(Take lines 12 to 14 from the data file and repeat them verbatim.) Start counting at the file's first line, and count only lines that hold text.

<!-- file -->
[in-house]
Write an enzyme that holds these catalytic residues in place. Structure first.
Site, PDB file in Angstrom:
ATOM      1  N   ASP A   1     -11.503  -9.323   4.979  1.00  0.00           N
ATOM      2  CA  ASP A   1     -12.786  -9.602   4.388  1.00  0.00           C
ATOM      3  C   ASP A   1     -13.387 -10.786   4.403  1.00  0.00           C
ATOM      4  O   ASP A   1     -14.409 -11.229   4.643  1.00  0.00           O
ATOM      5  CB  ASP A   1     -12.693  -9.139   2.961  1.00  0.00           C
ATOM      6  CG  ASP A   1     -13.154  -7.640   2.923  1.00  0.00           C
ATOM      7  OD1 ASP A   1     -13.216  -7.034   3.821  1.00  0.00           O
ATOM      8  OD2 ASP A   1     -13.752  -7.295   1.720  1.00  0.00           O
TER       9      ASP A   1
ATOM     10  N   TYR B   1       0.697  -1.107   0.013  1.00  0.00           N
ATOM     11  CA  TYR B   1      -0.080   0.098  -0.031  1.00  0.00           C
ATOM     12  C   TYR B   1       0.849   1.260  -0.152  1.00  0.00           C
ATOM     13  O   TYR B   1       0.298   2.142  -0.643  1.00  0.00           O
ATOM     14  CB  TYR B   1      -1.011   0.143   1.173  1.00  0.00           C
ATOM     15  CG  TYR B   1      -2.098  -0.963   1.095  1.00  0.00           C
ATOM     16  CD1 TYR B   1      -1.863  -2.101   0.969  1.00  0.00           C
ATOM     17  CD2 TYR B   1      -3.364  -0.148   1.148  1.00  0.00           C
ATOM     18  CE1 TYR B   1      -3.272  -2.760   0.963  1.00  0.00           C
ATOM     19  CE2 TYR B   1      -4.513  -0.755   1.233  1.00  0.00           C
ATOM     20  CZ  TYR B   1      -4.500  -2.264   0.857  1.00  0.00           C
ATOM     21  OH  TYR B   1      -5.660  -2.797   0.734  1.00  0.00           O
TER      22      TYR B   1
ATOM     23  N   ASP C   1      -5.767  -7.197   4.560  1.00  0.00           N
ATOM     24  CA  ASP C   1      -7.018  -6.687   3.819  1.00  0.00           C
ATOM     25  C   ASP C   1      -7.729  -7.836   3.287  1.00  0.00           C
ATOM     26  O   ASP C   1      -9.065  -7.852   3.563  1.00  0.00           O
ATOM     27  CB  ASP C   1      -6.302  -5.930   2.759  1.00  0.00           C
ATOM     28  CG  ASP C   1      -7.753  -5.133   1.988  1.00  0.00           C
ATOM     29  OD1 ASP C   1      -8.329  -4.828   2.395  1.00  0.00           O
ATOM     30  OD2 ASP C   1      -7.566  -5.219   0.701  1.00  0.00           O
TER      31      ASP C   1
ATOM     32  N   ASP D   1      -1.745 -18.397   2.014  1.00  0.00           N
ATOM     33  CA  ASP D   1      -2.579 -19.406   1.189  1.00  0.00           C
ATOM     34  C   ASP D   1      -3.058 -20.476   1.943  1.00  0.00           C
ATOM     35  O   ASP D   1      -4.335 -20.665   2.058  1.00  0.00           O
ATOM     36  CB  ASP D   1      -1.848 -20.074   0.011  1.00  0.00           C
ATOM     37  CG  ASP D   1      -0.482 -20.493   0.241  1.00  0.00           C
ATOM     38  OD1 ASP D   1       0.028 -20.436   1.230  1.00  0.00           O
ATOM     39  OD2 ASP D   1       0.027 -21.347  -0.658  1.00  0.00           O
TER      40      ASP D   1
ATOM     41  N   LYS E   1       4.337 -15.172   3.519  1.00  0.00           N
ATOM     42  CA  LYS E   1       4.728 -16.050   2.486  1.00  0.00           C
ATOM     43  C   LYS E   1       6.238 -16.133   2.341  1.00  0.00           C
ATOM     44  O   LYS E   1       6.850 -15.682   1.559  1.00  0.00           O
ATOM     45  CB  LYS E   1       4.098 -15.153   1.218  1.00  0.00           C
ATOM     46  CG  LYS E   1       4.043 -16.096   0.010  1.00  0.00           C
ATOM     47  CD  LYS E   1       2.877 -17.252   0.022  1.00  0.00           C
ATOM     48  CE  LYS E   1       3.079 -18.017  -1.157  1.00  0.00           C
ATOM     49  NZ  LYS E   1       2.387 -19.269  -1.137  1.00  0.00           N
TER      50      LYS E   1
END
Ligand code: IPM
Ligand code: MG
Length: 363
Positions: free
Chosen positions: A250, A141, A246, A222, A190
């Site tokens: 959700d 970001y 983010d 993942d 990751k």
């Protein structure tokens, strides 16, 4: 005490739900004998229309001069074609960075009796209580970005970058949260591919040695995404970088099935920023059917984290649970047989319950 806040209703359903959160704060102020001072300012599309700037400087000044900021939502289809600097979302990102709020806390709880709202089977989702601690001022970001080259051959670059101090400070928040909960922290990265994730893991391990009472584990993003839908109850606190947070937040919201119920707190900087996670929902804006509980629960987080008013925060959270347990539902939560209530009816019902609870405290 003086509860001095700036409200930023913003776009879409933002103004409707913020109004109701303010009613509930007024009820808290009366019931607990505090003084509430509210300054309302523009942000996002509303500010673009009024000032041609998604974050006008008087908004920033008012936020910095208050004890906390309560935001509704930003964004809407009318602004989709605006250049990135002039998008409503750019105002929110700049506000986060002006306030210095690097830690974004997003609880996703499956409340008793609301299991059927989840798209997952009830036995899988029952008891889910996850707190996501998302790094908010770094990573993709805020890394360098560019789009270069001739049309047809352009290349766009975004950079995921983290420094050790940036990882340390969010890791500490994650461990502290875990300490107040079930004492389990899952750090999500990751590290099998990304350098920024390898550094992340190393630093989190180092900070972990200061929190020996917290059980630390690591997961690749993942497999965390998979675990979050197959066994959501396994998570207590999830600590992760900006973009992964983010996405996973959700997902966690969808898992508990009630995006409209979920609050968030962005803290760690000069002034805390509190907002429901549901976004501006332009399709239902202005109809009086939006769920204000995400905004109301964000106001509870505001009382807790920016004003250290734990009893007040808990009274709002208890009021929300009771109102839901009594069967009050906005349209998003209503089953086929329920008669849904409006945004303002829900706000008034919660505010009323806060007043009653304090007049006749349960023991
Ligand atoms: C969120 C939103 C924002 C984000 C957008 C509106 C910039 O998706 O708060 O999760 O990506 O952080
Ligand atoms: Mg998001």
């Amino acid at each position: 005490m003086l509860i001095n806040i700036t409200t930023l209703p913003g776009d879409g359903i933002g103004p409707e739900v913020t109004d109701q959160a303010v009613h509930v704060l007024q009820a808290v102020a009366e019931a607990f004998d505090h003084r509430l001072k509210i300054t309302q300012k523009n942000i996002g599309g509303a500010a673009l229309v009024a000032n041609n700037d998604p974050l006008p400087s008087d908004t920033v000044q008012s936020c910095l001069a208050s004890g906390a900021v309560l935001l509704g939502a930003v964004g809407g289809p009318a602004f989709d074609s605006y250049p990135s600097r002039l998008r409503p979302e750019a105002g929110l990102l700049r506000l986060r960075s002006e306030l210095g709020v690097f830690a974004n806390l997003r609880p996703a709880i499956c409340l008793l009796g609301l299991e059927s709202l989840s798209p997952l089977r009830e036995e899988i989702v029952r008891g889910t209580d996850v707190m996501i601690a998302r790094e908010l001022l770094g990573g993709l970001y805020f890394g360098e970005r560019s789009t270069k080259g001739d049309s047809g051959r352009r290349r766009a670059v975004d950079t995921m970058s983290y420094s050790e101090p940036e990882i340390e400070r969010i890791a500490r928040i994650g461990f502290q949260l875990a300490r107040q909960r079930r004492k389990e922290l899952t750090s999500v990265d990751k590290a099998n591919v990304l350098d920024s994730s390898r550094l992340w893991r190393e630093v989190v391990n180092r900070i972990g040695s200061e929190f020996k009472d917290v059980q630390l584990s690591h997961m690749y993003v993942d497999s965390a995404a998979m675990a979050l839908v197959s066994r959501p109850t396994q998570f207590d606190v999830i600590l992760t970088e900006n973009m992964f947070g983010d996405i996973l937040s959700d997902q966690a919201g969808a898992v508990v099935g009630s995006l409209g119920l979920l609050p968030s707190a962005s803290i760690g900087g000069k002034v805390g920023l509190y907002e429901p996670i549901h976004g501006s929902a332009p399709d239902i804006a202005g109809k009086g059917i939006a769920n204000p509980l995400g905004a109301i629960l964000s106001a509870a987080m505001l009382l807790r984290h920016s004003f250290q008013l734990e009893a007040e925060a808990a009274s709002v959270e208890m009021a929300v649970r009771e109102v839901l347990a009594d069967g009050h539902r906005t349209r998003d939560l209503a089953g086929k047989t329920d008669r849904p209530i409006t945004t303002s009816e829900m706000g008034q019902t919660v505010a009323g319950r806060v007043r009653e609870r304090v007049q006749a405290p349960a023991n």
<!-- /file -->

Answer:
TER       9      ASP A   1
ATOM     10  N   TYR B   1       0.697  -1.107   0.013  1.00  0.00           N
ATOM     11  CA  TYR B   1      -0.080   0.098  -0.031  1.00  0.00           C